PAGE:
Promoting mental health and signposting resources to provide support has never been more important, given the impact of coronavirus worldwide.
Here on the Pitchero blog, this article will share mental health organisations and websites across some of the sports we cover so that anyone can access help on their terms.
There is overwhelming evidence of the positive role that sport and physical activity play in managing your mood, stress levels, self-esteem, depression and anxiety.
Here’s the Mental Health Foundation’s advice on how to look after your mental health using exercise.
Returning to sport after lockdown
The mental health charity Mind is also an important resource to flag up as a leading voice. It uses the power of sport to raise awareness, challenge mental health stigmas and assist those who need guidance.
They have two guides that cover returning to sport after lockdown including clubs. It’s an exciting time for many but our mental health has collectively suffered due to the pandemic.
Opening Up Cricket began as a response to the death of Sefton CC wicketkeeper Alex Miller and a desire by founder Mark Boyns to promote positive mental wellbeing and suicide prevention in the game.
The organisation’s efforts include mind and body sessions for clubs, players, coaches and leaders.
As the Football Association (FA) notes on its website: One in four people will experience a mental health problem in any year.
Over 10% of the population have depression at any one time. That’s millions of people in grassroots football right now with mental health problems.’
It affects us all and the statistics illustrate the gravity with suicide being the leading cause of death in men under 45.
The support available in football comes in all shapes and sizes. FC Not Alone are the first mental health football club, raising funds for mental health and suicide prevention charity CALM.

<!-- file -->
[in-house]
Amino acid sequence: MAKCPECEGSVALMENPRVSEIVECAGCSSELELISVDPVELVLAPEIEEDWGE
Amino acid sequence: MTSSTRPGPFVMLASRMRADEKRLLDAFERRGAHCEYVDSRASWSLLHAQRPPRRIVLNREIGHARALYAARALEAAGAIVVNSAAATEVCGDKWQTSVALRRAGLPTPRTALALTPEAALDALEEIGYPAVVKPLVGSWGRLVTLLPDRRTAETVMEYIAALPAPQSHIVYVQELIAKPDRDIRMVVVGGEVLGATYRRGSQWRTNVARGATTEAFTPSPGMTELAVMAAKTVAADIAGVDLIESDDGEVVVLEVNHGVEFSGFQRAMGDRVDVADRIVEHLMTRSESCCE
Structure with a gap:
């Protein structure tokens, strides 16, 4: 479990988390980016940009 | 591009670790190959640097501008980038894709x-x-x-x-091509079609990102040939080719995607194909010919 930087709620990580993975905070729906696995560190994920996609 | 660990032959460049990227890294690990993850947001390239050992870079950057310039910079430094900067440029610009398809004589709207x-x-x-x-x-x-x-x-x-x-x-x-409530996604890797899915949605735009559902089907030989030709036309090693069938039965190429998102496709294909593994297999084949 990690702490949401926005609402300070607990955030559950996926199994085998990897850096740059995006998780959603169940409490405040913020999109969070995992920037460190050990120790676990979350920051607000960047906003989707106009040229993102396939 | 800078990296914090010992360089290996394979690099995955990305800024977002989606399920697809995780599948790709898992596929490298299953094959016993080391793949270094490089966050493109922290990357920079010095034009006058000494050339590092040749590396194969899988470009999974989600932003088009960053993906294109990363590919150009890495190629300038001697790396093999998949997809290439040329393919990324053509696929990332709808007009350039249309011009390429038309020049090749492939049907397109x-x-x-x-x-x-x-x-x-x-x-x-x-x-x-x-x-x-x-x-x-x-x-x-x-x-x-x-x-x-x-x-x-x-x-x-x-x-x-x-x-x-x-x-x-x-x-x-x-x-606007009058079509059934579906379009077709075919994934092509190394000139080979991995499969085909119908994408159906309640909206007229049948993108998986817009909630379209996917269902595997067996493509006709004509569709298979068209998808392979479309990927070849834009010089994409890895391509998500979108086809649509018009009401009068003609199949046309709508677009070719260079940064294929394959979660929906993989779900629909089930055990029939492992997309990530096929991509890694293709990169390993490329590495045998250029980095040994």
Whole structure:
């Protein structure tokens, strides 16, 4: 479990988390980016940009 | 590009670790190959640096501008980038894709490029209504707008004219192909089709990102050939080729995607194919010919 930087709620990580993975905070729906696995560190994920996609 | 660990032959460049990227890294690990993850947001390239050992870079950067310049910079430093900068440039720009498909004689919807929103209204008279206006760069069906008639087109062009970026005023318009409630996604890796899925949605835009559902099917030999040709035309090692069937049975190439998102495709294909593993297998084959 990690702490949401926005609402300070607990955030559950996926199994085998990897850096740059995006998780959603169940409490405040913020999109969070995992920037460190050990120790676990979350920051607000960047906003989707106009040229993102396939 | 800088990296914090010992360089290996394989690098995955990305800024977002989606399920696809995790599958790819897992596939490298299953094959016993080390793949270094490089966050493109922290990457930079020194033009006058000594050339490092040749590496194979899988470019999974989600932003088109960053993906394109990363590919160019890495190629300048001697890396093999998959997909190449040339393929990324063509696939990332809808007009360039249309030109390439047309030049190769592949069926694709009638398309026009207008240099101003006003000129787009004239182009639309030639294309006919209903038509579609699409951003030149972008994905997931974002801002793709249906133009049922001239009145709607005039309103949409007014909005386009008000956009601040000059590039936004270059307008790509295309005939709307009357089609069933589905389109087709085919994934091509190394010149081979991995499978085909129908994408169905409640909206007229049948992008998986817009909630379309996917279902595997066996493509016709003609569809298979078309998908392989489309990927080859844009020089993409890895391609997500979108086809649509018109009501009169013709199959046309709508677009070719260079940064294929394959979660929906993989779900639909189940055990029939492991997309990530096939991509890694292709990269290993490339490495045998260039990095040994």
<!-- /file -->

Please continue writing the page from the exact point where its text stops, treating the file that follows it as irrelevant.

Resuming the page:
Mind also has a partnership with the English Football League (EFL) while the Heads Up campaign put mental health further in the spotlight.
Meanwhile, England Hockey have their ‘Goal in Mind’ campaign aimed at mental wellbeing across the whole sport.
As with other governing bodies, they have linked up with Mind to share the charity’s expertise around helping someone else, mental wellbeing in coaching and more.
The Rugby Football Union (RFU)’s Coach and referee Hub called ‘Keep Your Boots On’ has mental health and wellbeing advice. It covers good practice in rugby to how clubs and coaches can support someone with mental health problems.
There is also training through Mental Health First Aid England for coaches, staff and volunteers working with young people.
You might also want to check out rugby clothing brand LooseHeadz who have a charity Foundation for the ‘betterment of players’ mental wellbeing.’
The State of Mind programme began in 2011 to better the mental health and wellbeing of rugby league players and communities.
There are a team of mental health and sport professionals who deliver comprehensive education sessions across the UK in Super League, Championship and amateur clubs, plus colleges and community groups.
Meanwhile, the Rugby League World Cup 2021 is the first global sports tournament to launch a mental health charter.
As part of that, it commits to deliver workshops to 8,000 young rugby league players and their families as well as training grassroots coaches in mental fitness.
We hope this has been a useful snapshot of some key places to learn more about mental health, along with what’s happening in a range of sports.
*If you or someone who know needs urgent support then call Samaritans at 116 123 for 24/7 support, or The Campaign Against Living Miserably (CALM) helpline is 0800 58 58 58, open 5pm-12pm.
You can also chat to CALM online 5pm-12pm every day of the year for confidential, anonymous and free support.